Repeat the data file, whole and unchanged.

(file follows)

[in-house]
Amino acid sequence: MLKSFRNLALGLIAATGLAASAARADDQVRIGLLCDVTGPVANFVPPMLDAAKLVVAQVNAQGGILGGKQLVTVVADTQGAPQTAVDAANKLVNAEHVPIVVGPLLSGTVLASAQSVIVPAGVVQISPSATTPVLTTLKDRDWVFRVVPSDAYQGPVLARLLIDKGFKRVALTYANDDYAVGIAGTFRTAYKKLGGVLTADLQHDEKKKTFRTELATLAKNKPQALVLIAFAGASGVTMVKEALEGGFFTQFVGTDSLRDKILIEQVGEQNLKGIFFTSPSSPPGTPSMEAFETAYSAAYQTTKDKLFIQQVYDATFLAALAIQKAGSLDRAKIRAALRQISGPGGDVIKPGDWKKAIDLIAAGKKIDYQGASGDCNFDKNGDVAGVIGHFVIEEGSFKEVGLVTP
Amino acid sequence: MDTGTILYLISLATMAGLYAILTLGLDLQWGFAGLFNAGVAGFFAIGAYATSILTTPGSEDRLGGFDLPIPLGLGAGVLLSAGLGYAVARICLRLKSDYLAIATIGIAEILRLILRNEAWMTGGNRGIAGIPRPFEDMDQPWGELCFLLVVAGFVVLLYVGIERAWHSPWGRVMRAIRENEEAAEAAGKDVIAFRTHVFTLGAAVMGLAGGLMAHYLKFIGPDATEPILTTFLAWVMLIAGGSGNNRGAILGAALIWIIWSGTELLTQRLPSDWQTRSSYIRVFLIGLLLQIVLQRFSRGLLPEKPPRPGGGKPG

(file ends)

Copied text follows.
[in-house]
Amino acid sequence: MLKSFRNLALGLIAATGLAASAARADDQVRIGLLCDVTGPVANFVPPMLDAAKLVVAQVNAQGGILGGKQLVTVVADTQGAPQTAVDAANKLVNAEHVPIVVGPLLSGTVLASAQSVIVPAGVVQISPSATTPVLTTLKDRDWVFRVVPSDAYQGPVLARLLIDKGFKRVALTYANDDYAVGIAGTFRTAYKKLGGVLTADLQHDEKKKTFRTELATLAKNKPQALVLIAFAGASGVTMVKEALEGGFFTQFVGTDSLRDKILIEQVGEQNLKGIFFTSPSSPPGTPSMEAFETAYSAAYQTTKDKLFIQQVYDATFLAALAIQKAGSLDRAKIRAALRQISGPGGDVIKPGDWKKAIDLIAAGKKIDYQGASGDCNFDKNGDVAGVIGHFVIEEGSFKEVGLVTP
Amino acid sequence: MDTGTILYLISLATMAGLYAILTLGLDLQWGFAGLFNAGVAGFFAIGAYATSILTTPGSEDRLGGFDLPIPLGLGAGVLLSAGLGYAVARICLRLKSDYLAIATIGIAEILRLILRNEAWMTGGNRGIAGIPRPFEDMDQPWGELCFLLVVAGFVVLLYVGIERAWHSPWGRVMRAIRENEEAAEAAGKDVIAFRTHVFTLGAAVMGLAGGLMAHYLKFIGPDATEPILTTFLAWVMLIAGGSGNNRGAILGAALIWIIWSGTELLTQRLPSDWQTRSSYIRVFLIGLLLQIVLQRFSRGLLPEKPPRPGGGKPG